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Author Topic:   Growing the Geologic Column
herebedragons
Member (Idle past 71 days)
Posts: 1513
From: Michigan
Joined: 11-22-2009


(1)
Message 226 of 740 (734265)
07-27-2014 4:20 PM
Reply to: Message 199 by Faith
07-26-2014 10:17 PM


Re: Layer / Sill
I'm picturing a layer of igneous rock BETWEEN layers of sedimentary rock as what I've never seen unless it's a sill, because as usual I'm thinking of a column, or stack, of layers. Does such a thing exist or are all these other kinds of examples all there is?

I have a couple of examples of volcanic layers between layers of sediment. But before I show the examples, I just want to clarify a couple of terms.

Basalt - common extrusive igneous (volcanic) rock formed from the rapid cooling of basaltic lava exposed at or very near the surface.

Extrusive - the mode of igneous volcanic rock formation in which hot magma from inside the Earth flows out (extrudes) onto the surface as lava or explodes violently into the atmosphere to fall back as pyroclastics or tuff.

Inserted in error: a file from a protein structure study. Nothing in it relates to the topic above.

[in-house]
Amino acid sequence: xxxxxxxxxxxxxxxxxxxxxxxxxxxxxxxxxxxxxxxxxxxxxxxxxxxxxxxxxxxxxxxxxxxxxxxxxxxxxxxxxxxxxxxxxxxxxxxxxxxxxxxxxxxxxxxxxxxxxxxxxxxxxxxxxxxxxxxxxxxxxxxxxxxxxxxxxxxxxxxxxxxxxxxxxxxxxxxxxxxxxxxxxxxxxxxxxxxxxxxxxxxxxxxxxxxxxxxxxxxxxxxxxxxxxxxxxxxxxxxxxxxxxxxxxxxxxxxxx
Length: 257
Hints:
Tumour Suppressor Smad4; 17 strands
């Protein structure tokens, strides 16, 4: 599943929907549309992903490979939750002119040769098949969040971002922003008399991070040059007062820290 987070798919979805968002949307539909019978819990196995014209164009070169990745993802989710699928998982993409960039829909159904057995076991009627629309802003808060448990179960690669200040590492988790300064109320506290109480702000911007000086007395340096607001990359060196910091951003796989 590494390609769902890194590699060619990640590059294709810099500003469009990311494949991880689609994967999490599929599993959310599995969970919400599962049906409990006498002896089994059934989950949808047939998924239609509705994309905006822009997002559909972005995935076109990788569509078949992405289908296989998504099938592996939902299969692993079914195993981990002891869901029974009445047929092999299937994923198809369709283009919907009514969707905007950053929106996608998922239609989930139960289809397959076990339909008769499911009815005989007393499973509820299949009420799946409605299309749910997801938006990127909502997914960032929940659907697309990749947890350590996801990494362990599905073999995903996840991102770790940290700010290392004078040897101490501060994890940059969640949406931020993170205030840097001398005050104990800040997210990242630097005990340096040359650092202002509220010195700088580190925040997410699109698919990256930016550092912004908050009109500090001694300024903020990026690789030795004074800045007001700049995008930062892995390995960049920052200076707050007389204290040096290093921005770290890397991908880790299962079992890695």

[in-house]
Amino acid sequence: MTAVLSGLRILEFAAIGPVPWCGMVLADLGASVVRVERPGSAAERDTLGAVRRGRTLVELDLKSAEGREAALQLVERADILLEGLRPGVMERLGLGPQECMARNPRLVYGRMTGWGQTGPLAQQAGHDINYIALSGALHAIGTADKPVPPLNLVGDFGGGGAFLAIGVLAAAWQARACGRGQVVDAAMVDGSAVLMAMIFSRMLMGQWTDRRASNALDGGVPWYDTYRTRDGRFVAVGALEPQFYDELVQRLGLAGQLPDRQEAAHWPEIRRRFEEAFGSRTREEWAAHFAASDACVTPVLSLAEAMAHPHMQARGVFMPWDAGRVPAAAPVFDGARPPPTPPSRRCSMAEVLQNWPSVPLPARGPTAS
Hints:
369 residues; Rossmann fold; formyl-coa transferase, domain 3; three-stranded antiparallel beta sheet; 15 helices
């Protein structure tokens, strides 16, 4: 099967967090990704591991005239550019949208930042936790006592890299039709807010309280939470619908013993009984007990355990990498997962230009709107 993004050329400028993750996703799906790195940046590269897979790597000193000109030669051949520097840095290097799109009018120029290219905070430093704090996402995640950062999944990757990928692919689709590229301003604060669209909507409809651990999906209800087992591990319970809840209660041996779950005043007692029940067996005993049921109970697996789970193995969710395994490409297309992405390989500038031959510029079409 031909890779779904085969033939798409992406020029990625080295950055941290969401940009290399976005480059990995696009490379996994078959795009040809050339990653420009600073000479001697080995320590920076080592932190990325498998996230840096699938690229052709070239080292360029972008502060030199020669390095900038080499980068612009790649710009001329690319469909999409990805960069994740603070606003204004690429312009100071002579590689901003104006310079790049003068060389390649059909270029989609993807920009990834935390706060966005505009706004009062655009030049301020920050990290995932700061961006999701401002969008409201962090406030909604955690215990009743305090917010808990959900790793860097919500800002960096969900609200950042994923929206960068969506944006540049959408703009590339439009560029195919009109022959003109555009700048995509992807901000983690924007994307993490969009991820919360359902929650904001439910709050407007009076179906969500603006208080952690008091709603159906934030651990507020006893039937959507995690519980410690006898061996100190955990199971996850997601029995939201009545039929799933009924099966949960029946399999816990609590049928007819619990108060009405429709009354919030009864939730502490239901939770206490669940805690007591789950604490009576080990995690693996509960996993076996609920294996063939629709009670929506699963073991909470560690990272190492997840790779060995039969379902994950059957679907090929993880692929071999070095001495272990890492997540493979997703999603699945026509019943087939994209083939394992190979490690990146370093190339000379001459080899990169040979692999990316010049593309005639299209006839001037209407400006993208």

Tuff - a type of rock consisting of consolidated volcanic ash ejected from vents during a volcanic eruption.

Volcanic Ash - consists of fragments of pulverized rock, minerals and volcanic glass, created during volcanic eruptions, less than 2 mm (0.079 inches) in diameter

* definitions are from the Wikipedia articles of the same name

So where you see "basalt", "tuff" or "volcanic ash" on these stratigraphic columns, it means that it is volcanic material that was deposited on top of a sedimentary layer and subsequentially covered with more sediment.